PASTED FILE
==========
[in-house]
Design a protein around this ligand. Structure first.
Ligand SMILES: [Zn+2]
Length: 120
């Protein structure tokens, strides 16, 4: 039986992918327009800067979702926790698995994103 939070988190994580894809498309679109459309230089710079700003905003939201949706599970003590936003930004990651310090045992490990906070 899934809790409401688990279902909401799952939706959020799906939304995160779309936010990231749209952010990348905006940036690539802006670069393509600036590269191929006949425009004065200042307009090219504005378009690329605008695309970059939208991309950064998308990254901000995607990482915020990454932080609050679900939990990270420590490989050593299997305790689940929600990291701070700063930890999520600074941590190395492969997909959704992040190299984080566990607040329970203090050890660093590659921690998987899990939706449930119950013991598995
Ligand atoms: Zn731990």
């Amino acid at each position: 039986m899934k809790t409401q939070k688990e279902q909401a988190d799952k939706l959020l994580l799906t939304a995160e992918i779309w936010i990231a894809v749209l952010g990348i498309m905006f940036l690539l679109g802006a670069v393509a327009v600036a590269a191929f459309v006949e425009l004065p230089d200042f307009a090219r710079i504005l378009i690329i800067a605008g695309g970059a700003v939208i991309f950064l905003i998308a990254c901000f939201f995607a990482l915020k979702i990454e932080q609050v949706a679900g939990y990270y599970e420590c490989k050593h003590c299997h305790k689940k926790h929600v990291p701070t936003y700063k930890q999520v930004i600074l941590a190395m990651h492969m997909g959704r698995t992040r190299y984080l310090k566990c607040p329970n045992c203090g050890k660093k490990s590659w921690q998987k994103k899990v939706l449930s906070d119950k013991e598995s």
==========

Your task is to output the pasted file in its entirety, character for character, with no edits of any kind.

[in-house]
Design a protein around this ligand. Structure first.
Ligand SMILES: [Zn+2]
Length: 120
């Protein structure tokens, strides 16, 4: 039986992918327009800067979702926790698995994103 939070988190994580894809498309679109459309230089710079700003905003939201949706599970003590936003930004990651310090045992490990906070 899934809790409401688990279902909401799952939706959020799906939304995160779309936010990231749209952010990348905006940036690539802006670069393509600036590269191929006949425009004065200042307009090219504005378009690329605008695309970059939208991309950064998308990254901000995607990482915020990454932080609050679900939990990270420590490989050593299997305790689940929600990291701070700063930890999520600074941590190395492969997909959704992040190299984080566990607040329970203090050890660093590659921690998987899990939706449930119950013991598995
Ligand atoms: Zn731990």
């Amino acid at each position: 039986m899934k809790t409401q939070k688990e279902q909401a988190d799952k939706l959020l994580l799906t939304a995160e992918i779309w936010i990231a894809v749209l952010g990348i498309m905006f940036l690539l679109g802006a670069v393509a327009v600036a590269a191929f459309v006949e425009l004065p230089d200042f307009a090219r710079i504005l378009i690329i800067a605008g695309g970059a700003v939208i991309f950064l905003i998308a990254c901000f939201f995607a990482l915020k979702i990454e932080q609050v949706a679900g939990y990270y599970e420590c490989k050593h003590c299997h305790k689940k926790h929600v990291p701070t936003y700063k930890q999520v930004i600074l941590a190395m990651h492969m997909g959704r698995t992040r190299y984080l310090k566990c607040p329970n045992c203090g050890k660093k490990s590659w921690q998987k994103k899990v939706l449930s906070d119950k013991e598995s």